George Mandel

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For the diplomat, see George Mantello.
For the politician, see Georges Mandel.

George Mandel (born February 11, 1920[1] ) is an American novelist and short story writer. A native of New York City, Mandel was educated at the Pratt Institute, The Art Students League of New York and The New School. His first novel, Flee the Angry Strangers (1952), was one of the first Beat novels.

His subsequent novels include The Breakwater, Into the Woods of the World, and The Wax Boom (1962). His short story "The Beckoning Sea" was included in the anthology Protest: The Beat Generation and the Angry Young Men,[2] and he also wrote a short story, "Adjustments" (1956), which appeared in an Alfred Hitchcock horror anthology.[3] He also wrote Crocodile Blood, a novel about a Native American Seminole girl, and Scapegoats (1970) as well as two cartoon books, Beatville U.S.A. and Borderline Cases, and the Saturday Evening Post short story "The Day the Time Changed".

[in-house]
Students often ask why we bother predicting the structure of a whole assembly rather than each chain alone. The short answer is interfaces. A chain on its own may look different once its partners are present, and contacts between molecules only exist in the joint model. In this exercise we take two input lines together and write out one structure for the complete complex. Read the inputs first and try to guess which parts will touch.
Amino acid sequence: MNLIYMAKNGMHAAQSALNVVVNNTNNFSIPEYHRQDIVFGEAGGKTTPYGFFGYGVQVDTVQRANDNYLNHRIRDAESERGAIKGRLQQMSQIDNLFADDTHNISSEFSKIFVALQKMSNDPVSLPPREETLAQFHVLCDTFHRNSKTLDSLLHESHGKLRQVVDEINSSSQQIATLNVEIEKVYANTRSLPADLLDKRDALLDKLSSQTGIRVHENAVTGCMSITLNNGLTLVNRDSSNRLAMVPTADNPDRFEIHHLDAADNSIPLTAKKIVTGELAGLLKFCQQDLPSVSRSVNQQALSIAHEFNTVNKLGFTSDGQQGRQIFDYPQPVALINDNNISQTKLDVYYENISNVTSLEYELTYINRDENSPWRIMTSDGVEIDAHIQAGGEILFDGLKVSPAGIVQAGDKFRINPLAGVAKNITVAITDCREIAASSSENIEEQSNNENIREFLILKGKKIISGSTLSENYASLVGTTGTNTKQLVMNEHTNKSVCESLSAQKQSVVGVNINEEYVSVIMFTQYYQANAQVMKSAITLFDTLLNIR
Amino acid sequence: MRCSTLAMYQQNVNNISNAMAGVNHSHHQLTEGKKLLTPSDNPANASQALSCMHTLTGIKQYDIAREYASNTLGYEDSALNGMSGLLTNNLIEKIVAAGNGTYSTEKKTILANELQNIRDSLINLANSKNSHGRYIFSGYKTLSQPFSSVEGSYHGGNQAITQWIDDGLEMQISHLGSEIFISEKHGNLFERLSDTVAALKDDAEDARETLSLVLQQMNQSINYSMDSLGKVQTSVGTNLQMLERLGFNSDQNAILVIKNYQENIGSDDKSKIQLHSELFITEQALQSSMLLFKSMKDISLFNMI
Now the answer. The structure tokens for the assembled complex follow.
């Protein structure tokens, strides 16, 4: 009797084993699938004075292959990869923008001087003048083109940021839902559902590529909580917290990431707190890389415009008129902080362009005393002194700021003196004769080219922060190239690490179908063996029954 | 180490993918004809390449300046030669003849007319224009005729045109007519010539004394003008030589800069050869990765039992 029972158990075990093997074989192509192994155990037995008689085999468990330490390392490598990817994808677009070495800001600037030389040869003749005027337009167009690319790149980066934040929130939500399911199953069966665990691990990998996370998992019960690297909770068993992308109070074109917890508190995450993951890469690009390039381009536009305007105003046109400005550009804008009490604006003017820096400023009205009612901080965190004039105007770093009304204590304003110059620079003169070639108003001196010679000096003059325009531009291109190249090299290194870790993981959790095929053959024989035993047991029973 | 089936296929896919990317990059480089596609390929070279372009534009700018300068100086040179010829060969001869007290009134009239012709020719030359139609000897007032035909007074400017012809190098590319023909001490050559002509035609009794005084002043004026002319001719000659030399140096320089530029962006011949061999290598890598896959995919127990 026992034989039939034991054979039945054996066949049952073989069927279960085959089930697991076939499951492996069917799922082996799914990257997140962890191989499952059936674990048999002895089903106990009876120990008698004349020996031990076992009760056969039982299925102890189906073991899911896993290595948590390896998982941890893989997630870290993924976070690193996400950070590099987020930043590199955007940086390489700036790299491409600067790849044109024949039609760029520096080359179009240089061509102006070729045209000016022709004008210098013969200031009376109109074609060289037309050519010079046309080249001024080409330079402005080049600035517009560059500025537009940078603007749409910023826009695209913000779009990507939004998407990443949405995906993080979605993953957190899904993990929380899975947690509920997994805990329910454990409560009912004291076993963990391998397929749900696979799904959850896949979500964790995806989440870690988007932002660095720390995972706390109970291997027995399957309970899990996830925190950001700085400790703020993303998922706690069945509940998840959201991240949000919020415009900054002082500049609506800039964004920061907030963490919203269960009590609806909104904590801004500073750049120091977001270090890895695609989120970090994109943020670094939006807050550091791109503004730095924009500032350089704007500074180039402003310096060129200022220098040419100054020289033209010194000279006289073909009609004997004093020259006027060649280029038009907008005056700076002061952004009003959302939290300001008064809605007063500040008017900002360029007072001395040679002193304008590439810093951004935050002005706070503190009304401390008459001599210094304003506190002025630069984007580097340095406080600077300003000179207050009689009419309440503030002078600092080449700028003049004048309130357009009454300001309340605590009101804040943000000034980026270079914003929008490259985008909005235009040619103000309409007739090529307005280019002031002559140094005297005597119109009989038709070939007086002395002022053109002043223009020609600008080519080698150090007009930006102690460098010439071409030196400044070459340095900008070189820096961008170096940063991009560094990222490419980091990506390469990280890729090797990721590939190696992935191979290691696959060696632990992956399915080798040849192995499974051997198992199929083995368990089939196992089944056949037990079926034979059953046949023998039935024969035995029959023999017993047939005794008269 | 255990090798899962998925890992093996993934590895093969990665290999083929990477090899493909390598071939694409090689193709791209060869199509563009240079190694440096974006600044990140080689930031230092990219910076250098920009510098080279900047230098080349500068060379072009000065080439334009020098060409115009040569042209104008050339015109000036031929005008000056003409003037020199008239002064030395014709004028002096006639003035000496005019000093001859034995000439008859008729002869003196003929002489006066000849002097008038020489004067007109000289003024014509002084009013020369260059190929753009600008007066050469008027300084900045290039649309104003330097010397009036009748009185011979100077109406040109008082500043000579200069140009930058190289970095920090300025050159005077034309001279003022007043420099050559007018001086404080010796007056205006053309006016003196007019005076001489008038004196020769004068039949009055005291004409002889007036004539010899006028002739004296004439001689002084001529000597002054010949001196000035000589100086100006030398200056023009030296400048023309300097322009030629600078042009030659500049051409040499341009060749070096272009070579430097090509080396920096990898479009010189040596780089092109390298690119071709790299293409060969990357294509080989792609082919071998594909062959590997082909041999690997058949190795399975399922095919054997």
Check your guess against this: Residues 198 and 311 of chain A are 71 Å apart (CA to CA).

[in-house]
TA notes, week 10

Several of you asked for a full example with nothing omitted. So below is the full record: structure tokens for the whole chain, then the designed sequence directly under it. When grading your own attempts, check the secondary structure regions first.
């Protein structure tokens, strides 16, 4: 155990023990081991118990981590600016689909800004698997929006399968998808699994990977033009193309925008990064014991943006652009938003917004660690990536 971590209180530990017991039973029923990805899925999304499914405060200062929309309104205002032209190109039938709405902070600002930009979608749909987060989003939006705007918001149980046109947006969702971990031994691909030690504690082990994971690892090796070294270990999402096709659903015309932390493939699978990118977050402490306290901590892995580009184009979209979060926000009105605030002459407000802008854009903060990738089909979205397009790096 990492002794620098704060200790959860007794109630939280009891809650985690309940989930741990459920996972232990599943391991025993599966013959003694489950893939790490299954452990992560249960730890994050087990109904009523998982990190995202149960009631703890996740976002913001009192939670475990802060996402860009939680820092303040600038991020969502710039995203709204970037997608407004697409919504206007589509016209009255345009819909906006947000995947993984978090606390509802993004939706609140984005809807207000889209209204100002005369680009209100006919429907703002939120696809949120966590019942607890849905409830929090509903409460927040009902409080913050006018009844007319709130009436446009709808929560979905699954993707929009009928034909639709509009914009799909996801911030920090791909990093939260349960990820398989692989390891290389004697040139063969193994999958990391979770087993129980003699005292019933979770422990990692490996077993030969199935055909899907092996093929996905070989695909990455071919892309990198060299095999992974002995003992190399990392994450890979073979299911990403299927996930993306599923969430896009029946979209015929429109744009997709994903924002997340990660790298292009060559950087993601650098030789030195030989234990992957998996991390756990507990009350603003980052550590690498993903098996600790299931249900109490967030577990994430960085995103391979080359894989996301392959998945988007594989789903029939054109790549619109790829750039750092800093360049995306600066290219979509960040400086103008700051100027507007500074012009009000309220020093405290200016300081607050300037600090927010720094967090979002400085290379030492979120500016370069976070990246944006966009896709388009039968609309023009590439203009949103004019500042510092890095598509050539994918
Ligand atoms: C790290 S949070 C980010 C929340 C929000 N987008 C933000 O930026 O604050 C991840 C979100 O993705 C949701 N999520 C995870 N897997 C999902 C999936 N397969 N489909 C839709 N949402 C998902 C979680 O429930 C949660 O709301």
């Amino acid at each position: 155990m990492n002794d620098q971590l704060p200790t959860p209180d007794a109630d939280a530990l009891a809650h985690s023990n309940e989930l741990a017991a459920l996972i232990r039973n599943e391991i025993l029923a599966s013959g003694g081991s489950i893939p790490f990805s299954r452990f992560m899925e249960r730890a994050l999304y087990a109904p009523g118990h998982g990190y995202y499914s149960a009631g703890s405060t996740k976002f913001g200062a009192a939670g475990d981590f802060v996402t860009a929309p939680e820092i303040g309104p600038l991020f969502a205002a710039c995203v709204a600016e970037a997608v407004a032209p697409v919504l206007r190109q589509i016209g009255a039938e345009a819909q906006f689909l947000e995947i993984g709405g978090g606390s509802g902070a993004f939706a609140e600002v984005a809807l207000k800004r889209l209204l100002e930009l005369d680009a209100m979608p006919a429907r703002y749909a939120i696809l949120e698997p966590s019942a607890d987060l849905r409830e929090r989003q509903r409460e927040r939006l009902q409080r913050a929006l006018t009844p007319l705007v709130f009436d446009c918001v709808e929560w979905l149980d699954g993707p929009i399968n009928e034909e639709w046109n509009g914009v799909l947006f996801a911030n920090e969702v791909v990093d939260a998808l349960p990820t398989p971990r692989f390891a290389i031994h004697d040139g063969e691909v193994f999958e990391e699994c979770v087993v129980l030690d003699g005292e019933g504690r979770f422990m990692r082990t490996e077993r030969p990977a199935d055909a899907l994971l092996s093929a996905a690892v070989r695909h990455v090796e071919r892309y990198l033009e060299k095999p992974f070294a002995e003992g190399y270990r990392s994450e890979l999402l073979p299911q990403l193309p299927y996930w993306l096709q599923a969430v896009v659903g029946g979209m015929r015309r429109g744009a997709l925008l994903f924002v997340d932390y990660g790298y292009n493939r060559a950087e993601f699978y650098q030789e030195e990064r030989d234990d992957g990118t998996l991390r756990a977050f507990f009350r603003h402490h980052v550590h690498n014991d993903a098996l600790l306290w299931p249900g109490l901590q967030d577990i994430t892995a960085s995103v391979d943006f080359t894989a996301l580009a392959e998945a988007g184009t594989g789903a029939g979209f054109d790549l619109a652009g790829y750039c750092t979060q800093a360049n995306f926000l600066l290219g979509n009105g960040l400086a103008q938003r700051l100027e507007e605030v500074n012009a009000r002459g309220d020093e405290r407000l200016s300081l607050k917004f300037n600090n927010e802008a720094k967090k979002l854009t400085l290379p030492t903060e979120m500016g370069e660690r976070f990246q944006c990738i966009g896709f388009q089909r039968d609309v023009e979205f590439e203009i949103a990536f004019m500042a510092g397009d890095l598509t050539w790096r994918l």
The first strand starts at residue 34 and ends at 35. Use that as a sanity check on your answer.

In 1968, he signed the “Writers and Editors War Tax Protest” pledge, vowing to refuse tax payments in protest against the Vietnam War.[4]

He was a friend of the novelist Joseph Heller.[5]

References[edit]

  1. ^ Varner, Paul (2012). Historical Dictionary of the Beat Movement. Scarecrow Press Inc. p. 194. ISBN 0810871890. 
  2. ^ Feldman, Gene and Gartneberg, Max (editors) (1958). Protest: The Beat Generation and the Angry Young Men. New York: Citadel Press
  3. ^ Alfred Hitchcock Presents: Stories My Mother Never Told Me [ghost edited by Robert Arthur] ed. Alfred Hitchcock (Random House 1963)
  4. ^ “Writers and Editors War Tax Protest” January 30, 1968 New York Post
  5. ^ Heller, Joseph and Vogel, Speed No Laughing Matter (Putnam 1986)